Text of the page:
Another one of the College Board’s favorite justifications for their decisions is the fact that many colleges are going “test-optional” (not requiring standardized test scores) for this year’s admissions decisions.  This is really only partly true.  Many colleges–including 10 out of Forbes’ top 20 US colleges–are still requiring prospective students to submit SAT or ACT scores.  (You should note there is a big difference between “test-optional” policies, where standardized test scores will still be considered for admissions decisions if they are submitted, and “test-blind” policies, where scores aren’t considered even if they are submitted.  I fear the College Board is misleading a large number of students about the nature of college admissions by exploiting their lack of knowledge about these distinctions.  In actuality, there are very few “test-blind” colleges.) But even in cases where submitting standardized tests are optional, I can’t help but feel those students who aren’t able to submit scores will be at a disadvantage to those who do.  The College Board simply doesn’t seem to understand this.  

Why not move the SAT to an online format similar to the one used by AP tests in the spring?  Clearly the College Board has the technology and know-how to do so.  I can’t imagine it would have taken much longer to adapt the SAT than it did for the AP tests.  I suspect, however, that the College Board has some aversion to online multiple-choice tests, as demonstrated by the fact all AP tests this spring only included free-response sections.  This aversion makes sense with regards to AP tests, which aim to test primarily content knowledge.  If a student wanted to, they could easily find any content information they needed through Google while taking a test.  The test would therefore be an inaccurate representation of what they actually know.  But these worries don’t make sense in the context of the SAT, which relies much more heavily on critical thinking skills and the application of fundamental principles.  In other words, the answer to any SAT question can’t just be Googled.  The test is designed in a way that doesn’t reward the rote memorization of knowledge that many AP tests do.  For this reason, I think the SAT is much more readily adaptable to an online format.  It is strange to me that the College Board doesn’t think the same.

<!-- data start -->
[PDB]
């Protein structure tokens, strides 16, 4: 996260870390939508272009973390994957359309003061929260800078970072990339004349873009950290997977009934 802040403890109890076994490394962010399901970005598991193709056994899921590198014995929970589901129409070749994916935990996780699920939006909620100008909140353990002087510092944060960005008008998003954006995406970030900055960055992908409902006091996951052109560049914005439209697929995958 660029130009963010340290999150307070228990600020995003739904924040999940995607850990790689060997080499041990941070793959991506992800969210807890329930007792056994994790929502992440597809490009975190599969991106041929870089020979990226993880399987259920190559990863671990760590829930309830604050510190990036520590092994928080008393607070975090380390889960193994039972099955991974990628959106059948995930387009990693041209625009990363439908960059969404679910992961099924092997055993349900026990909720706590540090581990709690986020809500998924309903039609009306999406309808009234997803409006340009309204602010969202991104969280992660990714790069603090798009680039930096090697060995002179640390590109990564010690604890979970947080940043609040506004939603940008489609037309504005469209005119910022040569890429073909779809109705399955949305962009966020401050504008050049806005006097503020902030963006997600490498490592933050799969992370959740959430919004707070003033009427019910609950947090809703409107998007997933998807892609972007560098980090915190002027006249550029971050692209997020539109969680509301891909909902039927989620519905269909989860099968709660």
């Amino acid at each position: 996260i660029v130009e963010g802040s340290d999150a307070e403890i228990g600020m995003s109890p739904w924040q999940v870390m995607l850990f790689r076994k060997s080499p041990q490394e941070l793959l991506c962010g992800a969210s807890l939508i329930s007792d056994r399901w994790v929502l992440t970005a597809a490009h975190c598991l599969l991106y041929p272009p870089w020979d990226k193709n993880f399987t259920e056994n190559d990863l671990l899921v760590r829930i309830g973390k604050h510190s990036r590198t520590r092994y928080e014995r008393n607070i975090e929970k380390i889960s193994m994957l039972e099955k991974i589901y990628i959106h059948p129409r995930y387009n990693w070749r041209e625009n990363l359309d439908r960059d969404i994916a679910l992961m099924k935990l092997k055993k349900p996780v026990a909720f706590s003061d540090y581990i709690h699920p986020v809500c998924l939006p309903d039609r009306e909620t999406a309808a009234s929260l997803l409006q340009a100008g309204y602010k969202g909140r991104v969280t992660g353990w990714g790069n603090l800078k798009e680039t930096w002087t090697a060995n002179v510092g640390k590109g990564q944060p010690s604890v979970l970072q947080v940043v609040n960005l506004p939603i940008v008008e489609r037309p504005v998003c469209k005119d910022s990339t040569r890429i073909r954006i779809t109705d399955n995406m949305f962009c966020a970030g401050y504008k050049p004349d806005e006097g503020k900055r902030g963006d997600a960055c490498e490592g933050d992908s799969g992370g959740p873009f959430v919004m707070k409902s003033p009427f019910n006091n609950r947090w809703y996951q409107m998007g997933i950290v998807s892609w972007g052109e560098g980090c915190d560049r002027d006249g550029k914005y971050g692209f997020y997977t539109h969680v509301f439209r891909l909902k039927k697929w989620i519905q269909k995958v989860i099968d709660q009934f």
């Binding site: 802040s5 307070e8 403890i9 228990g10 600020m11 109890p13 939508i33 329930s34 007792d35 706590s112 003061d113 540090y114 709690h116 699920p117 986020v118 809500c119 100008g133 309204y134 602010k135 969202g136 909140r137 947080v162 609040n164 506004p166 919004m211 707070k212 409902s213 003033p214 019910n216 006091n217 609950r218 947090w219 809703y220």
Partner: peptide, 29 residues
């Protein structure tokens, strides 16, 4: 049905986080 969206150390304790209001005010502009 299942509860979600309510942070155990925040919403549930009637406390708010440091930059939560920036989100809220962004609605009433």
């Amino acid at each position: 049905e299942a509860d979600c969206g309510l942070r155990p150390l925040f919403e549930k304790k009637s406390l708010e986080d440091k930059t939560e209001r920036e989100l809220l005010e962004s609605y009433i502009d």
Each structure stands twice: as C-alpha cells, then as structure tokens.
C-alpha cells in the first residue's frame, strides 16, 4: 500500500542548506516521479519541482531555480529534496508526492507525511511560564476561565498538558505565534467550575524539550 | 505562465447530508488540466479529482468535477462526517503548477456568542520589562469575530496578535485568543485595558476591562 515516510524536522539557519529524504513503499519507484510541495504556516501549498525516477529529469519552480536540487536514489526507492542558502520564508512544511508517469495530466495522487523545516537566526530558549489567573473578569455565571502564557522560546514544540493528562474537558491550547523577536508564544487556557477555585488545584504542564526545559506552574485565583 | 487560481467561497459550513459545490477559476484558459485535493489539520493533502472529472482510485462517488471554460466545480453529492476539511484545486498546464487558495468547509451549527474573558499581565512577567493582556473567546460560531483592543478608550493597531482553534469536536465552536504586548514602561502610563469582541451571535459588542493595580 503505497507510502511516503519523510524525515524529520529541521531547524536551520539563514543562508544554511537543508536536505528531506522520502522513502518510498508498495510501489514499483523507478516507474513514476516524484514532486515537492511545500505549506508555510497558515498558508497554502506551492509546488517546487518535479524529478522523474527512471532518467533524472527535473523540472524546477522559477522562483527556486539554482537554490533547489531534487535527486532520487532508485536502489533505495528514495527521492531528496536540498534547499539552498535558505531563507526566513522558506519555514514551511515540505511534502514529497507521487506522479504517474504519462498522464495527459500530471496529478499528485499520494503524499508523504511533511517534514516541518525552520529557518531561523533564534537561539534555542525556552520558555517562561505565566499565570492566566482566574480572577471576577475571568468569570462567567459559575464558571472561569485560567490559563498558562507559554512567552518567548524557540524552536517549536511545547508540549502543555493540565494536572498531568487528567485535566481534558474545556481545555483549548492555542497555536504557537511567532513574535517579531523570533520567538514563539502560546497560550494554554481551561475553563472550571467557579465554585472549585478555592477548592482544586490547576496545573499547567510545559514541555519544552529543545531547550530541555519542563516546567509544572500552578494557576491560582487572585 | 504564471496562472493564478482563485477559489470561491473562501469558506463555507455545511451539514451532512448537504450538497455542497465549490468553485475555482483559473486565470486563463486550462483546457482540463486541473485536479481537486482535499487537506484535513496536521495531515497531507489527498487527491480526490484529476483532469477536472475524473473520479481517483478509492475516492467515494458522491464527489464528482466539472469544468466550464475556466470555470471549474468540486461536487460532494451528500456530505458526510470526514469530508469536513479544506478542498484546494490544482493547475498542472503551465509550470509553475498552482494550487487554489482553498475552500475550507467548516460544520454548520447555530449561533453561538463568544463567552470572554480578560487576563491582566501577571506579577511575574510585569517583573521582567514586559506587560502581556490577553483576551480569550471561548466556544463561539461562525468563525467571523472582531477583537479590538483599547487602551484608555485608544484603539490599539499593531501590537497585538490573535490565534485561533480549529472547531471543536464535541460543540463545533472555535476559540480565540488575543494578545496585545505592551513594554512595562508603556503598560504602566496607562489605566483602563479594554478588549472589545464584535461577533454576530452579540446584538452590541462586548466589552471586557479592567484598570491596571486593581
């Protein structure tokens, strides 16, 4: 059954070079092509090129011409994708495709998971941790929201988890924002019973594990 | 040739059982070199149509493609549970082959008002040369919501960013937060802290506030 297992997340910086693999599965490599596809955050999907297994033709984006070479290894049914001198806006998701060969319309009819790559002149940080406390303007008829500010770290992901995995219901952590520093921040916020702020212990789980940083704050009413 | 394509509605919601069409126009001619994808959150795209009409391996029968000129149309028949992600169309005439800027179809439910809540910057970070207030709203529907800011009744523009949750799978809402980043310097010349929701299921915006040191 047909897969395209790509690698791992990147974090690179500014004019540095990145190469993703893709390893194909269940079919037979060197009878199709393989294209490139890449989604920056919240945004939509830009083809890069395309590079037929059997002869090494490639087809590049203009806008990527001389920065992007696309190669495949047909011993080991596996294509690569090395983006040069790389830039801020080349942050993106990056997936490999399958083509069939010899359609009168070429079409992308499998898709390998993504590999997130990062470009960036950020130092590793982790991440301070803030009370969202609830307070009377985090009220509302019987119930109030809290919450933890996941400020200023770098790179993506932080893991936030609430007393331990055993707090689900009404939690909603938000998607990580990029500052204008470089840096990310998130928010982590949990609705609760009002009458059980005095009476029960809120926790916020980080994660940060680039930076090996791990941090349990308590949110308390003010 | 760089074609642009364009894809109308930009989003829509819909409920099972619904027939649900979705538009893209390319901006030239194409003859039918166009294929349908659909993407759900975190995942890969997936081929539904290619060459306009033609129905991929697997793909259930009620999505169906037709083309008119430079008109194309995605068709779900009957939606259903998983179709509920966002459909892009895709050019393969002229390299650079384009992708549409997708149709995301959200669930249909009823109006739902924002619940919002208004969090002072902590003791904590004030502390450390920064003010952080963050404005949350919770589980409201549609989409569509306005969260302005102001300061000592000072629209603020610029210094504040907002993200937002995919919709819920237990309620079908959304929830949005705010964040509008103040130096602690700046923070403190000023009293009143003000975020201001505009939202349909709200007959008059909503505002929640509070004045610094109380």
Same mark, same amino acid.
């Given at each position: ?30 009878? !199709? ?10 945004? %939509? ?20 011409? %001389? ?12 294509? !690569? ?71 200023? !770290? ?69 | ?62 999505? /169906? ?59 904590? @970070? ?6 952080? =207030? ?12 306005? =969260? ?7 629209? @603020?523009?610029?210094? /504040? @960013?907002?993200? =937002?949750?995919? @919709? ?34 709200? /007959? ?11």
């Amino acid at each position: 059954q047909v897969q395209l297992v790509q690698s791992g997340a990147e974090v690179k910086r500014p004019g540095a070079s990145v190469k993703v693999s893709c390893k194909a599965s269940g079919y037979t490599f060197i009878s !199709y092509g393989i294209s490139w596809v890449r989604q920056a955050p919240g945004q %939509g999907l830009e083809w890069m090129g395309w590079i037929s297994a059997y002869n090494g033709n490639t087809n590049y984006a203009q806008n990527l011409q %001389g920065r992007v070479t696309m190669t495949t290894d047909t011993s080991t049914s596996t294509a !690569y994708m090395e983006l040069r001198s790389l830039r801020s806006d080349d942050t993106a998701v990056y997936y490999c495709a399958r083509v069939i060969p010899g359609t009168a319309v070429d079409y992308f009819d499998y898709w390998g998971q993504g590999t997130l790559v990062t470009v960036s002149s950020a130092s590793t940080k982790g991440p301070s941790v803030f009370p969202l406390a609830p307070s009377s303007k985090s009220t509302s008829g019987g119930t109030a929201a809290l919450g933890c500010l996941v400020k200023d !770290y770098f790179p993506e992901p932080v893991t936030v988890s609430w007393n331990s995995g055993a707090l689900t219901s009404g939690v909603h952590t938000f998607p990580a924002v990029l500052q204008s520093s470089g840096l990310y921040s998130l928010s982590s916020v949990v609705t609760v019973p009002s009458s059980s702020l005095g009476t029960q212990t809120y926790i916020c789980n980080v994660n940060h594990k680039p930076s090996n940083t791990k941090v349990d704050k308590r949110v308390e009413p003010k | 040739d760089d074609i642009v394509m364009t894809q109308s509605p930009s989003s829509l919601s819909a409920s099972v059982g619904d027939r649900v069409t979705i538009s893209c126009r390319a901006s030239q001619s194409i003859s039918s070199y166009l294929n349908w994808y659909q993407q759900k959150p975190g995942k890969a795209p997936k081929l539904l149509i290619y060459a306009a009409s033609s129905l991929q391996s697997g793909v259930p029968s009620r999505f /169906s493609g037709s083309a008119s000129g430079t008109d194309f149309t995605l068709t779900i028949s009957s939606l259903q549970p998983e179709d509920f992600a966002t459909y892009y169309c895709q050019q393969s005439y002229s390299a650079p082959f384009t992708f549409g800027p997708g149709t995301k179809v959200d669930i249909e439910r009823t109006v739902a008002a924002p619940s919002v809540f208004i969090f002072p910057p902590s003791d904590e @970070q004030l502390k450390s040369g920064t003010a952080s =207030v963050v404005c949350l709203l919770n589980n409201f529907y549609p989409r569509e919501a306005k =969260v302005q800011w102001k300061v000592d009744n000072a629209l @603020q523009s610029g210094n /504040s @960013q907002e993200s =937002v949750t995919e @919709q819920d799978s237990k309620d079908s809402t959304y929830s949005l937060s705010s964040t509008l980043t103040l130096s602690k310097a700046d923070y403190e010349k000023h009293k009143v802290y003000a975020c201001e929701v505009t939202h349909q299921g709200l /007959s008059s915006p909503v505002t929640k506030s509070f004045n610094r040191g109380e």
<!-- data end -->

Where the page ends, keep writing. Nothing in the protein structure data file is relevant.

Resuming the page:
There is much more that I could say, but I’ll cut it short here.  I understand the College Board is facing an unprecedented situation.  I get it.  But that doesn’t excuse how poorly they’ve dealt with the whole SAT situation.  The 5 months that have passed since the beginning of this pandemic should have been more than enough time to develop a plan that could accommodate the high demand for their test this fall.  I can’t believe they didn’t think of a Plan B that wouldn’t leave millions of students in angst over their futures.